Evidence of Bo Xilai’s Ambition to Grab the Right of Succession SCMP described in its report the story given by businessman Chen Guixian about how he was arrested and tortured by more than 20 police under Bo’s close assistant Wang Lijun.

Chen said that they kept custody of him in a motel room…. they beat him up repeatedly to force Chen to admit the framed-up crime of giving former Chongqing mayor Wang Hongju 2 million yuan in bribes. Chen refused….

Despite such tortures for 37 days, Chen remained defiant. He told the police what they did was illegal and they could not produce any documents for the arrest. In addition Chen told them, “The government has policy and law.” SCMP says in its report: “Chen said the police replied that Bo Xilai was the policy and that his police chief, Wang Lijun, was the law.”

“‘Don’t you realise that our secretary Bo Xilai will become the president in the future, and that our police chief Wang will become minister Wang,’ they said. ‘But you may not live to see that, you zombie. You’re going to die if you don’t confess.’”

In the section “Signs of Jiang Zemin’s Intention to Have Xi Jinping Succeed Him as the Core” in Chapter 16, there is the following description:

In CCTV prime time news report on January 22, 2013, the wreaths placed in Jiang’s name came behind that of President Hu Jintao, party general secretary Xi Jinping and other Politburo Standing Committee (PSC) members at the funeral service for General Yang Baibing, who died at the age of 93 in Beijing on January 15, 2013.

It was the first time that Jiang’s name had been placed behind that of Politburo Standing Committee members other than the general secretary since he retired as general secretary at the 16th Party Congress in 2002 and stood down from his last official post as chairman of the Central Military Commissions in late 2004.

In a Xinhua report earlier on the funeral of Bishop Ding Guangxun on November 27, 2012, Jiang’s name remained behind Hu and Xi but ahead of PSC member National People’s Congress chairman Wu Bangguo and Premier Wen Jiabao.

Xinhua says the change of order was done at Jiang’s request. The CCP is very particular about the order of appearance of leaders’ names in its official reports. The recent change in the order indicated Jiang’s desire for Xi to take over as the core.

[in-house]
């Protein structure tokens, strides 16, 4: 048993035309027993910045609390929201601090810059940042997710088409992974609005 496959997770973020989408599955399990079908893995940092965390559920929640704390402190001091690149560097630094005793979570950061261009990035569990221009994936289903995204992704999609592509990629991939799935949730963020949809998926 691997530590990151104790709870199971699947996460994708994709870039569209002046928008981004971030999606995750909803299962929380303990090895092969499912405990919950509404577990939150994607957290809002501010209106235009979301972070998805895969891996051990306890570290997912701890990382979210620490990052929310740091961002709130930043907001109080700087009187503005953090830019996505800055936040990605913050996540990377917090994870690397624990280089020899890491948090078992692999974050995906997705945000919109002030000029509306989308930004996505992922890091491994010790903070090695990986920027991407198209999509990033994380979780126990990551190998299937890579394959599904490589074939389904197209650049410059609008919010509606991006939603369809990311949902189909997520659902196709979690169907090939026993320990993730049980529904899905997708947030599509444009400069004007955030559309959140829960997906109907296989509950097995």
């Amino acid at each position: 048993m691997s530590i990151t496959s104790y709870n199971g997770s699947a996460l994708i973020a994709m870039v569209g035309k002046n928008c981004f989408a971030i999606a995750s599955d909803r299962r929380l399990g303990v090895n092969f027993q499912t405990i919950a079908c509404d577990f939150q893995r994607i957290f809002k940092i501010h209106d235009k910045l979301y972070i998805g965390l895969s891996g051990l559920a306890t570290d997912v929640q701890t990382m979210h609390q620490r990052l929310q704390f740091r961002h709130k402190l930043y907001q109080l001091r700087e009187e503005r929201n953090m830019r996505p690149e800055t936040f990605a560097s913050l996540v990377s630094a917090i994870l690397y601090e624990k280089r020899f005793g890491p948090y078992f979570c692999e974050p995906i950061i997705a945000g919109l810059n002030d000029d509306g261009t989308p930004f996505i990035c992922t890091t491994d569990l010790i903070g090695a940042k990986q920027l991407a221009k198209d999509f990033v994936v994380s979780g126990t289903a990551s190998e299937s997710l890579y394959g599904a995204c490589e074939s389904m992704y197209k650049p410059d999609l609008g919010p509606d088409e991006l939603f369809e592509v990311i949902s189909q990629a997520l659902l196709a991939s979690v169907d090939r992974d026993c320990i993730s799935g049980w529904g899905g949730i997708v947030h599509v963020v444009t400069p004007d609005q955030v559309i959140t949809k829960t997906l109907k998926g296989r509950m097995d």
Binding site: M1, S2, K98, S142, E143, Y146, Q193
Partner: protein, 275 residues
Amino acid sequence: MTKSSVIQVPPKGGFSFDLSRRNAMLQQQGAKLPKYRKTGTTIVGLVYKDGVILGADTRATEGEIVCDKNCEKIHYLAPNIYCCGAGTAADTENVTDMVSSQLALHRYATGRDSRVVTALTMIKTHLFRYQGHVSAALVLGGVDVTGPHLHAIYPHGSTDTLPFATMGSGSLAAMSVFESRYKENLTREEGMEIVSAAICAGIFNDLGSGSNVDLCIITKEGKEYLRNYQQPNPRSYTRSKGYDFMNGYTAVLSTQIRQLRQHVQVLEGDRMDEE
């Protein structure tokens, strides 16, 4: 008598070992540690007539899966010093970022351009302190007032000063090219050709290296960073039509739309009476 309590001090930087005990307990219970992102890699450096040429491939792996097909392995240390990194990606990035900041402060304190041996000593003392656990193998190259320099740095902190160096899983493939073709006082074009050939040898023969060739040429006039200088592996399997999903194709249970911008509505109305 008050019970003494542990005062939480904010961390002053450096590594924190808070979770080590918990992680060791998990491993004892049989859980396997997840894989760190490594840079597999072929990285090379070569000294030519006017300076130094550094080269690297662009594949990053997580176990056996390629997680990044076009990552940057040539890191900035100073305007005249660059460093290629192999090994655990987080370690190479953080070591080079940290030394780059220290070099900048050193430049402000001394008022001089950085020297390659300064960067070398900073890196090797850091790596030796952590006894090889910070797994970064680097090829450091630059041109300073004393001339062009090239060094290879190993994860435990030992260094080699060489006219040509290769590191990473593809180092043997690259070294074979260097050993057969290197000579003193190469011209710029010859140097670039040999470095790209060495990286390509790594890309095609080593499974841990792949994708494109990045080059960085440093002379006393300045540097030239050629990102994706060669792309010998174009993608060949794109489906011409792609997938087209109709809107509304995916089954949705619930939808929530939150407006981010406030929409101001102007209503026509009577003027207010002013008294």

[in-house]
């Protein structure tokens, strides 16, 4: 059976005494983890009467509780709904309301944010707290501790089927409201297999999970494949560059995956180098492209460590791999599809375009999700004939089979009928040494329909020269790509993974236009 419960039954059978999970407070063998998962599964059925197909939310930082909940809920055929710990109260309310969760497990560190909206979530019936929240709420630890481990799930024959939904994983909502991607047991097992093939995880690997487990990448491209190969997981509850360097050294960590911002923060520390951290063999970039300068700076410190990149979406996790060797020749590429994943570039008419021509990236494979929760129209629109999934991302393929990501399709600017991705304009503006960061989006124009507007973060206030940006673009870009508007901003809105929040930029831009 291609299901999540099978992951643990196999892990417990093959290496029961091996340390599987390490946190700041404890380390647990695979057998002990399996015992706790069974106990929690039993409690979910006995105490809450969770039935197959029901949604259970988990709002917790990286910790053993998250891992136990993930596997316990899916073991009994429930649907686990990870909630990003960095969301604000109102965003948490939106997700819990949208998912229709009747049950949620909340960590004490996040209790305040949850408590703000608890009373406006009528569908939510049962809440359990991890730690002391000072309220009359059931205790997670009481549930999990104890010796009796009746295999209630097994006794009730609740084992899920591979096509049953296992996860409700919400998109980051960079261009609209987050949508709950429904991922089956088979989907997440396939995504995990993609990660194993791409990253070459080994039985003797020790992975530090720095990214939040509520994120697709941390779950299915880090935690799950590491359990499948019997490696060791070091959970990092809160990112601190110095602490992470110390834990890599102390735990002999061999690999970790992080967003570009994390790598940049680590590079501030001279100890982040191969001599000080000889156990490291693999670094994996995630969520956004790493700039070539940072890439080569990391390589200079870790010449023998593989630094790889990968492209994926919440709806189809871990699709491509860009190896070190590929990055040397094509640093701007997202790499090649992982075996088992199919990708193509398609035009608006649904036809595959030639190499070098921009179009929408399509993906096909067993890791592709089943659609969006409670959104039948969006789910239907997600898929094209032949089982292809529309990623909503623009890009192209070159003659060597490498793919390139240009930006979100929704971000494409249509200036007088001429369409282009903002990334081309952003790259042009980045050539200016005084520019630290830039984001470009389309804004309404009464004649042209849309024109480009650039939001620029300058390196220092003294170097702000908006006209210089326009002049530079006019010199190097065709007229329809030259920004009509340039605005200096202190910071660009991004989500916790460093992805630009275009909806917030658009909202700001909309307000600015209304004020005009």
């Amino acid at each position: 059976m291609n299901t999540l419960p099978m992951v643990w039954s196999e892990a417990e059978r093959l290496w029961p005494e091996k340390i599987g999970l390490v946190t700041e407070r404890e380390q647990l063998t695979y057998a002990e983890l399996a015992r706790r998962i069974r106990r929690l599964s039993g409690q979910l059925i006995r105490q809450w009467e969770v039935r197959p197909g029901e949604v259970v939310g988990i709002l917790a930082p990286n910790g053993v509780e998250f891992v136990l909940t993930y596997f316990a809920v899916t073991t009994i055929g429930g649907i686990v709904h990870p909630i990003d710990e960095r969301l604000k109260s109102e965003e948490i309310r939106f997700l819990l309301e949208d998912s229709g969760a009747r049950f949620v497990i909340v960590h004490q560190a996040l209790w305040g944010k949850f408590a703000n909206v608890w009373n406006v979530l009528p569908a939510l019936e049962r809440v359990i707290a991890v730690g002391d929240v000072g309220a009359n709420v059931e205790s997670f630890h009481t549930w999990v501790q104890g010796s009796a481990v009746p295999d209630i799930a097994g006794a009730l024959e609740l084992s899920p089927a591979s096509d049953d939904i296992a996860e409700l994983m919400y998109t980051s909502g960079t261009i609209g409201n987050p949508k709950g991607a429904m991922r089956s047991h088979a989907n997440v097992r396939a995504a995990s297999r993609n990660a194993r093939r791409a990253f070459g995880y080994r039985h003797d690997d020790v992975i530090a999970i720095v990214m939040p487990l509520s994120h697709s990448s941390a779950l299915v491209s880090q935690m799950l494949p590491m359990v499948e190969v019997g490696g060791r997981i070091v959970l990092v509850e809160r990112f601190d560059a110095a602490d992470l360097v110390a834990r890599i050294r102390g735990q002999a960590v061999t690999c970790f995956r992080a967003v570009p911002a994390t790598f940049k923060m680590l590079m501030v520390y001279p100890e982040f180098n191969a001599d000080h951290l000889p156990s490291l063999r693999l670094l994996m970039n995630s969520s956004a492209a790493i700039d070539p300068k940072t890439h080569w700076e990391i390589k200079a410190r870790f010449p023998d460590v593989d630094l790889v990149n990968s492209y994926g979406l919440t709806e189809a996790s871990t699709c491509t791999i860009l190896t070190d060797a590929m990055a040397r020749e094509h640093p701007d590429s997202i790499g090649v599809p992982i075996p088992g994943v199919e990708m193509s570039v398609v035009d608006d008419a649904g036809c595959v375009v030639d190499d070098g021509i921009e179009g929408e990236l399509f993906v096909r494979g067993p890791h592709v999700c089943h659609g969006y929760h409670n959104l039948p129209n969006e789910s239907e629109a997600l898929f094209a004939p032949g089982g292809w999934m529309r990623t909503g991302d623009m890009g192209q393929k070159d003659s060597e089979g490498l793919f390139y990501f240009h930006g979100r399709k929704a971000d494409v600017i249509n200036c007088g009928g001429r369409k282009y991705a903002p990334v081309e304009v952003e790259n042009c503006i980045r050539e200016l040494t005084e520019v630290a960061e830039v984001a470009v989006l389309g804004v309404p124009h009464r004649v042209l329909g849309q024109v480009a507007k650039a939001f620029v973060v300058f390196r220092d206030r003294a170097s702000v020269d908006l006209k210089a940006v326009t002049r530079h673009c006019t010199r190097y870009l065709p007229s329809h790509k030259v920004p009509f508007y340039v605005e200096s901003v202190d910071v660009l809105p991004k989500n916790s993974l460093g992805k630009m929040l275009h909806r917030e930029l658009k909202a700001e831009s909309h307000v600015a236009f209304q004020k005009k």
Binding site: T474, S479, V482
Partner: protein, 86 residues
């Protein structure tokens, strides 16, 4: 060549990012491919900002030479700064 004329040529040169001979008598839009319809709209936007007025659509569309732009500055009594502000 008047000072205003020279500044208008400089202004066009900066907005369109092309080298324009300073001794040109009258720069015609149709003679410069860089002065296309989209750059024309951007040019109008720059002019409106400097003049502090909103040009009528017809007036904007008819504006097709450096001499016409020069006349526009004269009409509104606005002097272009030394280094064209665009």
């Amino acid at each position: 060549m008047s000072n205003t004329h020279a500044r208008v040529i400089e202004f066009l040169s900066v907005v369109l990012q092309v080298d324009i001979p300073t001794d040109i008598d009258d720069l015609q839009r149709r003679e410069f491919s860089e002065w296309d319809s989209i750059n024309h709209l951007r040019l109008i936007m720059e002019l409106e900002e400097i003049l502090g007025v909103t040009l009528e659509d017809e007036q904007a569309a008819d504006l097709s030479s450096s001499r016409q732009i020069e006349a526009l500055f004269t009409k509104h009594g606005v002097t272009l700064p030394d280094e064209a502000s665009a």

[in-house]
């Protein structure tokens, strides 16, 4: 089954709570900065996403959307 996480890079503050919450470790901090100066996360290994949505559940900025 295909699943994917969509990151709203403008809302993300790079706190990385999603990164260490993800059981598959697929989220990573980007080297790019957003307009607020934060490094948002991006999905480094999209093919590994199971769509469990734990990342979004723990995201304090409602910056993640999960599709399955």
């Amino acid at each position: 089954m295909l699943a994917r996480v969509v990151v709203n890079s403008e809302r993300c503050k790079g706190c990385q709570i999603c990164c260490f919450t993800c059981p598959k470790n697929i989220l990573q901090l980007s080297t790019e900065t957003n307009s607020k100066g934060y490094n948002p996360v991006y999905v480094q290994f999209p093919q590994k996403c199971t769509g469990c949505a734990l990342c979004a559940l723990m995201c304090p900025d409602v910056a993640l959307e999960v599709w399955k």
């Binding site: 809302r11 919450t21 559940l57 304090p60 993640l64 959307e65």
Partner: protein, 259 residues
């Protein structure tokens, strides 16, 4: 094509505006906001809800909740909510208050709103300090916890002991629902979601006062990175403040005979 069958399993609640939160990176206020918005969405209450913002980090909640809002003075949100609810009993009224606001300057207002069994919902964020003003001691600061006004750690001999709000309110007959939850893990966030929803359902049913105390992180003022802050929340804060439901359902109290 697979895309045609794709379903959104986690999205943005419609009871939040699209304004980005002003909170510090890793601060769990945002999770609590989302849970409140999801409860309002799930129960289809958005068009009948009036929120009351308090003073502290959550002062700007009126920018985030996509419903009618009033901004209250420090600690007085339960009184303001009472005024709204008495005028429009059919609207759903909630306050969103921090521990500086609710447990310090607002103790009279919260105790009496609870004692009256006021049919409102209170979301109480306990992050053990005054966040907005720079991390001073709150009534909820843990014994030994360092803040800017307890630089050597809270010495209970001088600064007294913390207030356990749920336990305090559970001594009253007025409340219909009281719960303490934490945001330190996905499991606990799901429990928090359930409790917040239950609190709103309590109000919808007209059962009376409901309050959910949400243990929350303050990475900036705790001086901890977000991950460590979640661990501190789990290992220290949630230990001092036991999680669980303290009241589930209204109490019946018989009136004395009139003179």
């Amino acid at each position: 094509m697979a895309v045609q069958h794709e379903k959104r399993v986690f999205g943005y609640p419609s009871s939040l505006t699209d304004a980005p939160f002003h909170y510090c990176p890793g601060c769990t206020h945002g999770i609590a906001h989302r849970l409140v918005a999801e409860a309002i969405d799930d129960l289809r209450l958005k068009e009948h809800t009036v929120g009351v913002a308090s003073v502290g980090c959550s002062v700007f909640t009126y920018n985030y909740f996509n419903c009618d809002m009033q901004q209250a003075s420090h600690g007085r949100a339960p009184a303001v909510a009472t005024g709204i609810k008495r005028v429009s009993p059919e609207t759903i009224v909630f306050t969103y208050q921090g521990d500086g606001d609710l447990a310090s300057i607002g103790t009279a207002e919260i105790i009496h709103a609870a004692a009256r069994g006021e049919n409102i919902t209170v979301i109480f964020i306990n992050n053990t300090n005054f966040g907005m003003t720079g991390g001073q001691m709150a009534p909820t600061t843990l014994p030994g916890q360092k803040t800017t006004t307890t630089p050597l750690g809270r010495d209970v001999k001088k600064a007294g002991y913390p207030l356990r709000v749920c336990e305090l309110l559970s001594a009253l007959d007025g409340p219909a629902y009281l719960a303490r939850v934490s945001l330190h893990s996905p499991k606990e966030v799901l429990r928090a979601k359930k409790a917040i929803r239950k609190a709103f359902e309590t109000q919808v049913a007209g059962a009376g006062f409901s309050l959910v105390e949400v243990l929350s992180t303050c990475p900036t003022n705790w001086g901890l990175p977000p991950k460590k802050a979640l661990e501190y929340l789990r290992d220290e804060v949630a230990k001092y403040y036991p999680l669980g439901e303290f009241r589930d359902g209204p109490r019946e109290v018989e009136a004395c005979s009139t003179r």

In fact, due to Jiang’s position as the core that has the final say, no one dare to change the order except Jiang.

This new order is confirmed by Hunan Satellite TV’s report on August 29 on the funeral service of Liu Xiyao, an official well-known for his contribution to the development of China’s atomic bomb and ICBM. The order of names of the leaders and elders whose wreaths were shown on the screen is: current Politburo Standing Committee members Xi Jinping, Li Keqiang, Zhang Dejian, Yu Zhengsheng, Liu Yunshan and Wang Qishan; and elders Jiang Zemin, Hu Jintao, Zhu Rongji, Wei Jianxing, Li Lanqing, Wu Guanzheng, Li Changchun, He Guoqiang and Zhou Yongkang.

Jiang Zemin has kept his promise to have his name moved behind the current Politburo Standing Committee members.

Categories: Politics & Law

Tags: , , , , , , , , ,

7 replies


  1. China’s economic slowdown is precisely what Xi Jinping wants | China Daily Mail
  2. In drive to strengthen one-party rule, China treats Internet ‘as ideological battlefield’ | pundit from another planet
  3. China launches full-scale internet propaganda war | China Daily Mail
  4. Chinese military’s unlimited budget | China Daily Mail
  5. Inside Xi Jinping’s purge of China’s oil mandarins | China Daily Mail
  6. China’s Xi Jinping to establish his powerbase through leadership reshuffle | China Daily Mail
  7. Great Murderer | heartsfourhearts

Leave a Reply

Fill in your details below or click an icon to log in: Logo

You are commenting using your account. Log Out /  Change )

Twitter picture

You are commenting using your Twitter account. Log Out /  Change )

Facebook photo

You are commenting using your Facebook account. Log Out /  Change )

Connecting to %s

This site uses Akismet to reduce spam. Learn how your comment data is processed.

%d bloggers like this: